If you prefer your sporting pursuits to be more cerebral than physical, be sure to brush up on your board games before travelling to Asia. Mikey Leung is no grandmaster, but he still enjoys checking out the chess scene on his Asian adventures…
“On the streets of China you can see groups of old men strategically slamming wooden pieces on boards in a fervent display of chess machismo. Across this enormous nation the game is essentially the same, though round wooden blocks with painted Chinese characters take the place of carved wooden figurines. Therefore, mastering this game involves not only learning some new rules, but also a few Chinese characters as well.
For instance, there is a special piece called the ‘cannon’ which tends to stump newcomers: in order to attack an opponent’s piece the cannon must ‘fire’ a cannonball over an intersecting piece. Don’t get it? It took me a while too. Imagine my surprise when I got to Vietnam and discovered they also played the same style of chess, which I later learned was a relic of the two nations’ shared history.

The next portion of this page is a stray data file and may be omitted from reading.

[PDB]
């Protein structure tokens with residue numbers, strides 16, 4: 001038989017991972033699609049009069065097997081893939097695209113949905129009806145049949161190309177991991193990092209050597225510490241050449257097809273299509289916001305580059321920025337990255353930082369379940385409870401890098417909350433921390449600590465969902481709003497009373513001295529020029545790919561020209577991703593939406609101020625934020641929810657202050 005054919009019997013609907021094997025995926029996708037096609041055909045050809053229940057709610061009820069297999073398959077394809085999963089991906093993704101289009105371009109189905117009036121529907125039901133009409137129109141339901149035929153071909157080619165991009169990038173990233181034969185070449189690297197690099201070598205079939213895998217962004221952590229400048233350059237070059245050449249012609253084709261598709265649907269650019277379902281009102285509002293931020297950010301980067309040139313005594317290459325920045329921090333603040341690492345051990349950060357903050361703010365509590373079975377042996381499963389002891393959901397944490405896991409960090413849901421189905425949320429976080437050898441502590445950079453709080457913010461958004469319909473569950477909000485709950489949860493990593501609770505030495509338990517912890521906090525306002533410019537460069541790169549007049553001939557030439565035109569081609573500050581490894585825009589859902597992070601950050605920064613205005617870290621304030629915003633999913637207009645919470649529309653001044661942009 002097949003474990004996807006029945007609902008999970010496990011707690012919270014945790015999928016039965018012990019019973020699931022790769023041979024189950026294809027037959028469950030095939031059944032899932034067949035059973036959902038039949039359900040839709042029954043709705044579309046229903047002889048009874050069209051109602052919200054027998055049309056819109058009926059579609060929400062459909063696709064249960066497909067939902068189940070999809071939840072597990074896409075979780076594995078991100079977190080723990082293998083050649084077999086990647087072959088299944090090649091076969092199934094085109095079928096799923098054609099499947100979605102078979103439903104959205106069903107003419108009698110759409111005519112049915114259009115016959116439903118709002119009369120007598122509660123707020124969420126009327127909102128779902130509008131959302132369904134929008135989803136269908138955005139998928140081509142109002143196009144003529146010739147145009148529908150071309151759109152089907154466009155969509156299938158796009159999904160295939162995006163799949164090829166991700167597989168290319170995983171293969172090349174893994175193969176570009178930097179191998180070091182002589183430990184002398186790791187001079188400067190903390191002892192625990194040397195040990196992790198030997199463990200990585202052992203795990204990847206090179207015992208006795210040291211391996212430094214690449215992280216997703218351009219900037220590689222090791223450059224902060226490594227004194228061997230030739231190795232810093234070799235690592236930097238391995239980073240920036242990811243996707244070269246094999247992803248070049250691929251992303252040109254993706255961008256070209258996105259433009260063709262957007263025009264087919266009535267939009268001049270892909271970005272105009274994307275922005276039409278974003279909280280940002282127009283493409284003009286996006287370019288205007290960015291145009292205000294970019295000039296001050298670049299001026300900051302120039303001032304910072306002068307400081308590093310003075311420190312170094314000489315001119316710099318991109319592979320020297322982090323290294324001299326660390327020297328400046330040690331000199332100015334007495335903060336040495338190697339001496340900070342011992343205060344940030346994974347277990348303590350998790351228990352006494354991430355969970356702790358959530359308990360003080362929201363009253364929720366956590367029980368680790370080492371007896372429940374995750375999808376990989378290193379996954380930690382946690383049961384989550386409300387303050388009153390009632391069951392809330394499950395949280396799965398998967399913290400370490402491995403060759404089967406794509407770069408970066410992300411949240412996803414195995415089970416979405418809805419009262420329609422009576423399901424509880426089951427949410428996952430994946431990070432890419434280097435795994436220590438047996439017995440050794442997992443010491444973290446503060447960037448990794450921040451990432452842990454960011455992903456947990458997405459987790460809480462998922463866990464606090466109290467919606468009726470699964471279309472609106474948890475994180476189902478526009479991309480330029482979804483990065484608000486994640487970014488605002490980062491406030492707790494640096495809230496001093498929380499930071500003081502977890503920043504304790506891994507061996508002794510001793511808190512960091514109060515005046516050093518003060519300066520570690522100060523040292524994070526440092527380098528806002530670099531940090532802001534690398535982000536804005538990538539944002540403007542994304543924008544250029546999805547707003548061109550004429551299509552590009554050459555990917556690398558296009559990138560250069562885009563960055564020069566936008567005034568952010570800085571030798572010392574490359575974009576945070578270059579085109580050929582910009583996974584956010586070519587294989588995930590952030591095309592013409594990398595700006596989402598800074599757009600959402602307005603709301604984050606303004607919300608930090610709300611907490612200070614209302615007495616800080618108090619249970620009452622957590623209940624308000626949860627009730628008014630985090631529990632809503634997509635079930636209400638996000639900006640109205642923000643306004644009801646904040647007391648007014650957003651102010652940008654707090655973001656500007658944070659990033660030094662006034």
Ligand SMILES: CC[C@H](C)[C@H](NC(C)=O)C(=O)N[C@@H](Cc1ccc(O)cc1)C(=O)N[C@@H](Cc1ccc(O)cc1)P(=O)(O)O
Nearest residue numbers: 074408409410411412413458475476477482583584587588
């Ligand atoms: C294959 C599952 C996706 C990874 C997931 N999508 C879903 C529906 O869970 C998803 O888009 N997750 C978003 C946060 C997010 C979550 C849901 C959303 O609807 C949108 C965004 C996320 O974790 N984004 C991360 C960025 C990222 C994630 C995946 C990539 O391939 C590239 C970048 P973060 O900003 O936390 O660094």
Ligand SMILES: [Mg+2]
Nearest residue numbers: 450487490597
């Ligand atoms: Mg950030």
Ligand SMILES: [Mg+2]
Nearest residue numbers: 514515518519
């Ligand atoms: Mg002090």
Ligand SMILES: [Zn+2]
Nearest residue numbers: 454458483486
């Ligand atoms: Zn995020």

A little further down in South East Asia, particularly Cambodia and Thailand, I discovered another style of chess called Makrook. While I was teaching English at a Thai primary school, my students gladly taught me the fundamentals of the game. The bishops and the queen were replaced with little Buddhist stupas, although this game could also be played with a western chess set. Some scholars postulate that Makrook is closest to the original form of chess, although the game’s actual origin is also a highly debated topic amongst chess enthusiasts.
In any case, a game of chess wherever you are in the world guarantees some most memorable moments. Joining in is a great way to interact with people and you will meet new friends who speak a similar language, even though you might understand little of what they say!”
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* photo by Michelle Ferreira – Intrepid Photography Competition